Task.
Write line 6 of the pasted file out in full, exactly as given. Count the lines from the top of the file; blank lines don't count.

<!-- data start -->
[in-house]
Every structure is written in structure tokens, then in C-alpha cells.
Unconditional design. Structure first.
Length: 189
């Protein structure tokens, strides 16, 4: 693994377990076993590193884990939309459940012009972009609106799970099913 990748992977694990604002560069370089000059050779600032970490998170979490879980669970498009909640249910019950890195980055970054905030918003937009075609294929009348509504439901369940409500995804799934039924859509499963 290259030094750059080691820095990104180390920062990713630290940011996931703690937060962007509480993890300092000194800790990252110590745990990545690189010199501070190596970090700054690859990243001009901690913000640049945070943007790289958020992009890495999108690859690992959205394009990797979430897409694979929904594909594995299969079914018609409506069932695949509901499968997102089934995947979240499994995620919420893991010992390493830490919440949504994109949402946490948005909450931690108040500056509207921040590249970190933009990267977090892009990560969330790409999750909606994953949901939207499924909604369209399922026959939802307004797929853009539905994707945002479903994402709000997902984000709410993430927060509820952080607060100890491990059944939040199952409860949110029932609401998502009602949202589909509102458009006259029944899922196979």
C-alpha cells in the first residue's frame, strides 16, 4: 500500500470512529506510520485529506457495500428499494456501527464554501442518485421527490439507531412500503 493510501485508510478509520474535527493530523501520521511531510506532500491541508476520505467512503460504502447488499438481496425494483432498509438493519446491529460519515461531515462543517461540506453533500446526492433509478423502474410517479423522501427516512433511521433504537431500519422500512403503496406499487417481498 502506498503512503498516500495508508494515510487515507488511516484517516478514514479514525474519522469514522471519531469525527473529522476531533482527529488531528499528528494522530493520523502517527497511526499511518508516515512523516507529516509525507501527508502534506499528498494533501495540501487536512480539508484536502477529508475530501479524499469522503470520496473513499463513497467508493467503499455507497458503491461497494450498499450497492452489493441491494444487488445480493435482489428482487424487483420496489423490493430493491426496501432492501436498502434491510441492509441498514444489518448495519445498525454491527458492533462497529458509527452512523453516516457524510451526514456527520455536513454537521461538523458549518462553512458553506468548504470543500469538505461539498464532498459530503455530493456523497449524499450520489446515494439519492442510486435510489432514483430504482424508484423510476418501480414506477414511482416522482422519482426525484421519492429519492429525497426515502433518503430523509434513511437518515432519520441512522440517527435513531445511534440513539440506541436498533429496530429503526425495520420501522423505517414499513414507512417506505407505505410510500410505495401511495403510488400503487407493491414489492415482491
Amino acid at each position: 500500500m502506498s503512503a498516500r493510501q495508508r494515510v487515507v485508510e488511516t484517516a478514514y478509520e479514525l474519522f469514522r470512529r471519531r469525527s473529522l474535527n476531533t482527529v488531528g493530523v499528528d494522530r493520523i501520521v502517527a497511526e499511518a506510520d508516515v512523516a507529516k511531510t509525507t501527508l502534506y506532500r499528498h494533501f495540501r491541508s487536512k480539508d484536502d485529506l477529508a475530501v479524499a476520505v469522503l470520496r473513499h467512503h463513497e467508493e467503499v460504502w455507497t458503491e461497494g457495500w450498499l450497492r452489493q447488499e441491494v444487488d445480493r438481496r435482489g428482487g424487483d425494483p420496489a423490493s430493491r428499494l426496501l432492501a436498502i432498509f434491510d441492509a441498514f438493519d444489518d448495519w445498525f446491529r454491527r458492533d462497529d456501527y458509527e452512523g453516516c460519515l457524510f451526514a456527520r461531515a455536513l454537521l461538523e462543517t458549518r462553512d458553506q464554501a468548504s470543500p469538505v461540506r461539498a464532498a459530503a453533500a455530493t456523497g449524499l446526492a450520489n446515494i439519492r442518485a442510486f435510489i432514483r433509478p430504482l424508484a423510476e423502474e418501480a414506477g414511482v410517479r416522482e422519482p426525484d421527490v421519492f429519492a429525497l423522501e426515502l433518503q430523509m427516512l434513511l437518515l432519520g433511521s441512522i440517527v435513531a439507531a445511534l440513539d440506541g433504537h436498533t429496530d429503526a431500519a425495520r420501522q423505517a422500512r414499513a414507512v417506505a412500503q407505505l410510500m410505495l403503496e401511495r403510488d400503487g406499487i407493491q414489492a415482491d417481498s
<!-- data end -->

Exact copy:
C-alpha cells in the first residue's frame, strides 16, 4: 500500500470512529506510520485529506457495500428499494456501527464554501442518485421527490439507531412500503 493510501485508510478509520474535527493530523501520521511531510506532500491541508476520505467512503460504502447488499438481496425494483432498509438493519446491529460519515461531515462543517461540506453533500446526492433509478423502474410517479423522501427516512433511521433504537431500519422500512403503496406499487417481498 502506498503512503498516500495508508494515510487515507488511516484517516478514514479514525474519522469514522471519531469525527473529522476531533482527529488531528499528528494522530493520523502517527497511526499511518508516515512523516507529516509525507501527508502534506499528498494533501495540501487536512480539508484536502477529508475530501479524499469522503470520496473513499463513497467508493467503499455507497458503491461497494450498499450497492452489493441491494444487488445480493435482489428482487424487483420496489423490493430493491426496501432492501436498502434491510441492509441498514444489518448495519445498525454491527458492533462497529458509527452512523453516516457524510451526514456527520455536513454537521461538523458549518462553512458553506468548504470543500469538505461539498464532498459530503455530493456523497449524499450520489446515494439519492442510486435510489432514483430504482424508484423510476418501480414506477414511482416522482422519482426525484421519492429519492429525497426515502433518503430523509434513511437518515432519520441512522440517527435513531445511534440513539440506541436498533429496530429503526425495520420501522423505517414499513414507512417506505407505505410510500410505495401511495403510488400503487407493491414489492415482491